Rail firm prosecuted for overshoot
A rail company is to be prosecuted after one of its trains overshot a station by nearly two-and-a-half miles.
The Office of Rail Regulation (ORR) said it had launched a criminal prosecution against the Southeastern train company for breaches of health and safety law.
In November 2010, a Southeastern train overran Stonegate station in East Sussex by 2.43 miles. Southeastern is facing charges under two sections of the 1974 Health and Safety at Work Act.
This involves what the ORR said was the company's failure to protect the safety of its employees and those using the railway, by not providing an effective system of work to reliably ensure the availability of sand on trains for use as part of the braking system. Sand, under certain seasonal weather conditions, such as leaves on the line, assists braking performance.
The first hearing has been scheduled for May 24 at Sevenoaks Magistrates' Court in Kent. The incident, at 8am on November 8 2010, involved a train travelling from Charing Cross in London to Hastings in East Sussex.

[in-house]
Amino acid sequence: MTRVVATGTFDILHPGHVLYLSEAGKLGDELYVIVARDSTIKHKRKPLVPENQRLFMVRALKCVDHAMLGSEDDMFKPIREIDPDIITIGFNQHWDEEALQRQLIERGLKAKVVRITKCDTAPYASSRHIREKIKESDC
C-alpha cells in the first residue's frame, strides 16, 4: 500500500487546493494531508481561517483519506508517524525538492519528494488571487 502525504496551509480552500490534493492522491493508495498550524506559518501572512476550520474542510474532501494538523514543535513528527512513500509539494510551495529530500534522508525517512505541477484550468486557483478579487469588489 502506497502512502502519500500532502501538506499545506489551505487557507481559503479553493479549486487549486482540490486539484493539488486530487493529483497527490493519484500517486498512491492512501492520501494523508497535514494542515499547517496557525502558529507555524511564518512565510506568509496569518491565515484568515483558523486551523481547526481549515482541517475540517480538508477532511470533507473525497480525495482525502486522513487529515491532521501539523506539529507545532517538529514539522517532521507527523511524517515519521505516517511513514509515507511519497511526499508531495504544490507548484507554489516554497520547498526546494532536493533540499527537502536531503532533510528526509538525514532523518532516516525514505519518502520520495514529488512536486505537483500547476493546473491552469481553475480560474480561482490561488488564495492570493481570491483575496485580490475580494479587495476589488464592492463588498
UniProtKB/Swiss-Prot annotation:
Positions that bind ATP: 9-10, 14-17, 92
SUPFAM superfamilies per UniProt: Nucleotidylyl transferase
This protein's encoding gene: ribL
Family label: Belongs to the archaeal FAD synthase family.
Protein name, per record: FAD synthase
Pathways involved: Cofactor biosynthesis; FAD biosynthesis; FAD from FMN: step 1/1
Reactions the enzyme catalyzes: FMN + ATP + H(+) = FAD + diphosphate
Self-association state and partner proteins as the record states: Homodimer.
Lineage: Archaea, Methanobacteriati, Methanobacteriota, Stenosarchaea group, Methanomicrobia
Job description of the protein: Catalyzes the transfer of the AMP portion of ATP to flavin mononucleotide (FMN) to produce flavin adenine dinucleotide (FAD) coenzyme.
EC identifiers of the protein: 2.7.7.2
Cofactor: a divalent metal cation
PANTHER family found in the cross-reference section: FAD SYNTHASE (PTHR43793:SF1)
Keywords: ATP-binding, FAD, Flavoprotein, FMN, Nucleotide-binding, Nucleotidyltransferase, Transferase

In a report into the incident last November, the Rail Accident Investigation Branch (RAIB) said the train failed to stop at Stonegate station, running on to a point 3.22 miles from when the brakes were first applied. The report said the rail adhesion conditions were poor on that day due to high winds causing fresh leaf fall, and the onset of rain. The line had been treated to improve adhesion the previous evening.
The RAIB said it was likely that the train failed to stop at Stonegate station because there was almost certainly no sand in the sand hoppers at the leading end.
It added that if sand had been present, the train braking system would have deposited sand on to the rail head, improving the available adhesion and allowing the train to stop in a much shorter distance. The RAIB made three recommendations to Southeastern to ensure there would be no repeat of the incident.
A spokeswoman for Southeastern said: "We are disappointed that ORR has chosen to prosecute. As we made clear at the time, this was a significant incident which we have taken very seriously.
"In conjunction with Network Rail we undertook a thorough investigation and also worked closely with the Rail Accident Investigation Branch (RAIB) on its investigation and have fully implemented all RAIB's recommendations. We never compromise on safety and we have made changes to procedures to further reduce the possibility of this extremely rare event occurring again."